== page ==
The Drumming System (affiliate link) has a great section on country drumming. Country music began in in the 1920’s and continuously evolves through today. In the 1950’s, Johny Cash, Hank Williams, and Patsy Cline became incredibly popular. Today’s popular artists include Garth Brooks and Shania Twain. The success of this music is demonstrated in it’s worldwide appeal. In fact, some of today’s country music is also considered to be pop music because of its universal appeal.
While the majority of today’s country music feels strikingly similar to popular rock, their are small nuances within the feel that make it “country”. One particular technique that I learned from a friend was how to hit the snare drum. In this style, many drummers throw the weight of their arm into the snare and let the stick just sit. There is no rebound and it actually makes your shoulder kind of sore. With the potential for injury aside, you get a serious country backbeat.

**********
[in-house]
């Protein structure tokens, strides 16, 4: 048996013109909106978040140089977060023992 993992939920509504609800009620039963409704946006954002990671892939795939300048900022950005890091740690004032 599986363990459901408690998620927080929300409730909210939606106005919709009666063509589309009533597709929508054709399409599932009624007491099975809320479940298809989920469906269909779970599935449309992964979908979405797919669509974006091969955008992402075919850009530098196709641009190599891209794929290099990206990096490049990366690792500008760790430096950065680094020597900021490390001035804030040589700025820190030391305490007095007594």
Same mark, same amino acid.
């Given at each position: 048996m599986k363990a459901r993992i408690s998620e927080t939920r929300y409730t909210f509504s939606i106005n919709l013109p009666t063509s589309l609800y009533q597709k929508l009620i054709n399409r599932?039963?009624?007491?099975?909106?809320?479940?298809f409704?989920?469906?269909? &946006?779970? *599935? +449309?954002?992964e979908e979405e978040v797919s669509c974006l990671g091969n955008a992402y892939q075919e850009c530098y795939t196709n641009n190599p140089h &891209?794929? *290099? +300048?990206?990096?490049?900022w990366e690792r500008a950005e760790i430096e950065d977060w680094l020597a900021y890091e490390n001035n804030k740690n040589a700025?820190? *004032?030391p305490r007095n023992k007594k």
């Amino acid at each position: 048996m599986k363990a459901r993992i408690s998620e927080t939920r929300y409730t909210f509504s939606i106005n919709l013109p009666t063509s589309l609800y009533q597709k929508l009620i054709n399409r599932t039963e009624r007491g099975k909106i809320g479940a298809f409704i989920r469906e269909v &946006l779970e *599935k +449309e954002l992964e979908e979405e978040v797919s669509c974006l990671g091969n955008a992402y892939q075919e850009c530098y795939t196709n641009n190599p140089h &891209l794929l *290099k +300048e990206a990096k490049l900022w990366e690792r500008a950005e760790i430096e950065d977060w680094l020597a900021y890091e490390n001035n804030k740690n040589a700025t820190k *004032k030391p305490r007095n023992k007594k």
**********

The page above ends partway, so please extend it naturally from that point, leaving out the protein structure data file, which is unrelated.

This is responsible for the feel of many country songs.
The Drumming System (affiliate link) starts out with beginner country beats. These are simple quarter and eighth note beats with occasional sixteenth notes. The role of the country drummer is to play simple time and keep a great groove for the band.
Intermediate and advanced beats include train beats. W.S. “Fluke” Holland, the only drummer Johnny Cash ever had, made train beats popular. You will know this type of beat when you hear it. When done correctly, it sounds like a train going down the tracks. You can play this with sticks, brushes, hot rods, etc.
On a side note, I was fortunate enough to receive a consultation from Tiffany Gifford, a celebrity stylist and image consultant. Miranda Lambert, a popular country artist, is one of Tiffany’s clients.
Also, here’s a clip of a drum solo I did at a country music concert: